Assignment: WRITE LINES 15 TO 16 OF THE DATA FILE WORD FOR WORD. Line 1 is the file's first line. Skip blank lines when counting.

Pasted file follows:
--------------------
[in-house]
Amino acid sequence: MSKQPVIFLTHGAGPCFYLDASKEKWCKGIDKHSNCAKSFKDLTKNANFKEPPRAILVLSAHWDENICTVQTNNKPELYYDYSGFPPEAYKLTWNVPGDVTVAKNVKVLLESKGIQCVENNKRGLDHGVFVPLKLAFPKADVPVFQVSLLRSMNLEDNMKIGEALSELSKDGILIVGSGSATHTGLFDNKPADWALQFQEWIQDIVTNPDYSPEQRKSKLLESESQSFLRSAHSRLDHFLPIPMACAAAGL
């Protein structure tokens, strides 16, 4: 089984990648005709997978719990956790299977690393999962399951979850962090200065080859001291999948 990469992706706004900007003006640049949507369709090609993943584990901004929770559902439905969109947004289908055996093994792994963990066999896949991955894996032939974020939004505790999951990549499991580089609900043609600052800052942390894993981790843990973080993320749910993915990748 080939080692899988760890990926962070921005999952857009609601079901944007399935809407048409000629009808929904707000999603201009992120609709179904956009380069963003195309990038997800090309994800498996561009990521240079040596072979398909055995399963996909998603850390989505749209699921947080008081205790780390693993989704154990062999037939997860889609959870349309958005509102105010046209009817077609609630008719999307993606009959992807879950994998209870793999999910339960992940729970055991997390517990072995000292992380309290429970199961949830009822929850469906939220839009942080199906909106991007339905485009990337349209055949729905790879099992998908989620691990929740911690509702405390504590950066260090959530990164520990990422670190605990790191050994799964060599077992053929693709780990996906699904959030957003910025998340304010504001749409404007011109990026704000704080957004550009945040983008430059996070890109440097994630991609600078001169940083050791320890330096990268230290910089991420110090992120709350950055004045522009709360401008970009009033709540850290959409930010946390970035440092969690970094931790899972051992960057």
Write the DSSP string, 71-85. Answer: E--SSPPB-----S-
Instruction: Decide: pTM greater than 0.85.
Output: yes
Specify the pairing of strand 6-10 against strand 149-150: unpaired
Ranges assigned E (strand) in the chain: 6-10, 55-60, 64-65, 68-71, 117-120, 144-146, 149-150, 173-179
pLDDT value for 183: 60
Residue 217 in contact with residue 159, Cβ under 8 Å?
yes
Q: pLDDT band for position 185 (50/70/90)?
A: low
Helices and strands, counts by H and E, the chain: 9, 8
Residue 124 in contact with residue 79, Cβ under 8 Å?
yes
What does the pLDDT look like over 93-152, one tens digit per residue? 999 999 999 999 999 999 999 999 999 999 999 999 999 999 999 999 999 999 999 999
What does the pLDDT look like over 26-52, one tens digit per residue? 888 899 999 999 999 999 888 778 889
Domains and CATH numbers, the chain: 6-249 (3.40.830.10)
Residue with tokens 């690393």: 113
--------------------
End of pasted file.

Residue 124 in contact with residue 79, Cβ under 8 Å?
yes